January’s jobs report showed better-than-expected growth, with 467,000 nonfarm jobs added last month. The unemployment rate rose 0.1 percentage points to 4.0%, and the labor force participation rate climbed to 62.2%.
The number of unemployed increased 194,000 to 6.5 million. There are now 602,000 more unemployed people than in February 2020, the last month before the pandemic-related closures.
The private sector added 444,000 jobs, with the service sector continuing to be the primary driver of job growth, accounting for 99% of private jobs added in January.
Leisure and hospitality was once again the strongest performing sector, adding 151,000 jobs. The industry continues to regain the large number of jobs lost during the pandemic.
Professional and business services continued to be one of the best performing sectors in the labor market, gaining 86,000 jobs in January.
The retail sector added 61,400 jobs, more than expected.
Transportation and warehousing grew by 54,200 jobs. Improvement in this sector will likely have a positive impact on the supply chain, which has been under severe strain over the last year and has negatively impacted many other industries.
Health care saw an increase in employment of 18,000. The industry is 378,400 jobs below its February 2020 level.
Manufacturing added an anemic 13,000 jobs in January as factories continued to shed jobs related to automobile production.
The construction sector lost 5,000 jobs last month as the pace of residential construction continued to slow, despite record housing prices.
Oil and gas extraction fell 2,800 in January, even though the crude oil benchmark in America has risen over $90 a barrel, a seven-year high, and natural gas is approaching $5 per million BTUs.
Government saw an increase of 23,000 jobs.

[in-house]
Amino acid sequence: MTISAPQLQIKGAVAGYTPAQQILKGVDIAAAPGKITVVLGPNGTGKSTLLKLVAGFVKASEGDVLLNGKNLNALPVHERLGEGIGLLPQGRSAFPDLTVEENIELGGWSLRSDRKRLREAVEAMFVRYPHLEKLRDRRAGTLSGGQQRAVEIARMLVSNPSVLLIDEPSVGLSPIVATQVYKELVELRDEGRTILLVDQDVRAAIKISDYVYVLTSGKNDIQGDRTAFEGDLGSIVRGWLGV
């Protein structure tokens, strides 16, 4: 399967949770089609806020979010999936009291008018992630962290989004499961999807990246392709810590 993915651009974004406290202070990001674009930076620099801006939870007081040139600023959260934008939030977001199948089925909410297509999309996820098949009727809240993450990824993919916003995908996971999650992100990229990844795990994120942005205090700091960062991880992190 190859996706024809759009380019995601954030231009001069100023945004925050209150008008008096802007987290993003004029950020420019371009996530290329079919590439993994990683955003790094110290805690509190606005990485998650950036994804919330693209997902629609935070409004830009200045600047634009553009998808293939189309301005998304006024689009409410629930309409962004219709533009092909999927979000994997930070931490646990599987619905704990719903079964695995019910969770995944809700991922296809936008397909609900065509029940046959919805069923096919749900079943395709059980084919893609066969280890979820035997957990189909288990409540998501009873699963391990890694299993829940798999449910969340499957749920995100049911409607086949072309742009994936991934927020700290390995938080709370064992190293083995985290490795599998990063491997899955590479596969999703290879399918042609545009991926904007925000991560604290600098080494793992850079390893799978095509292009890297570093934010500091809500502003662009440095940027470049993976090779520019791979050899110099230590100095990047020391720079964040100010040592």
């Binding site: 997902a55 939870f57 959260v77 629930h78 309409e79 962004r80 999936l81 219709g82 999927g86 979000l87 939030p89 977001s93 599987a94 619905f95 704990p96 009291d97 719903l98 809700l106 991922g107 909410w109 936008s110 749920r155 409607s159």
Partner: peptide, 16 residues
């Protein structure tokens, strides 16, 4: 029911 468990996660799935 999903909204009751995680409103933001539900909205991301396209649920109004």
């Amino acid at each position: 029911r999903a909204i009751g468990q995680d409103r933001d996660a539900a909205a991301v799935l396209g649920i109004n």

Earnings, Revisions, Miscellaneous
Average hourly earnings rose 23 cents to $31.63, a 0.7% monthly increase. January was the 10th consecutive month of nominal earnings increases. Wage growth outpaced inflation in January, but real wages are still down over the last year.
Each month’s job report from 2021 was revised, but these revisions mostly offset one another. In total, employment was revised downward by 617,000 jobs for 2021.
Prime age (25-54 years old) employment grew by 907,000 and is now 701,000 (0.7%) below its February 2020 level.
The labor force grew 1.4 million in January and is 896,000 below February 2020.
The employment-population ratio increased to 59.7%, which is 1.5 percentage points below February 2020.
January’s jobs report showed larger growth than expected. More people are returning to the labor market as temporary government transfer payments expire and as fears related to COVID-19 wane. The nation is 2.9 million jobs, about 2%, below its February 2020 level. Although the headline unemployment rate (called U-3) rose to 4.0%, that was because more people returned to the labor market. Nominal wages grew faster than the latest inflation report, indicating that real wages are increasing after declining over the previous year.
With college degree unemployment now down to just 2.3% and employment in this group 1.5 million higher than February 2020, there is no reason for the student loan moratorium to be extended again; the program should be retired.
The Federal Reserve should act immediately to rein in inflation.
The White House’s animosity toward reliable American energy is hampering growth in that industry and should be reversed.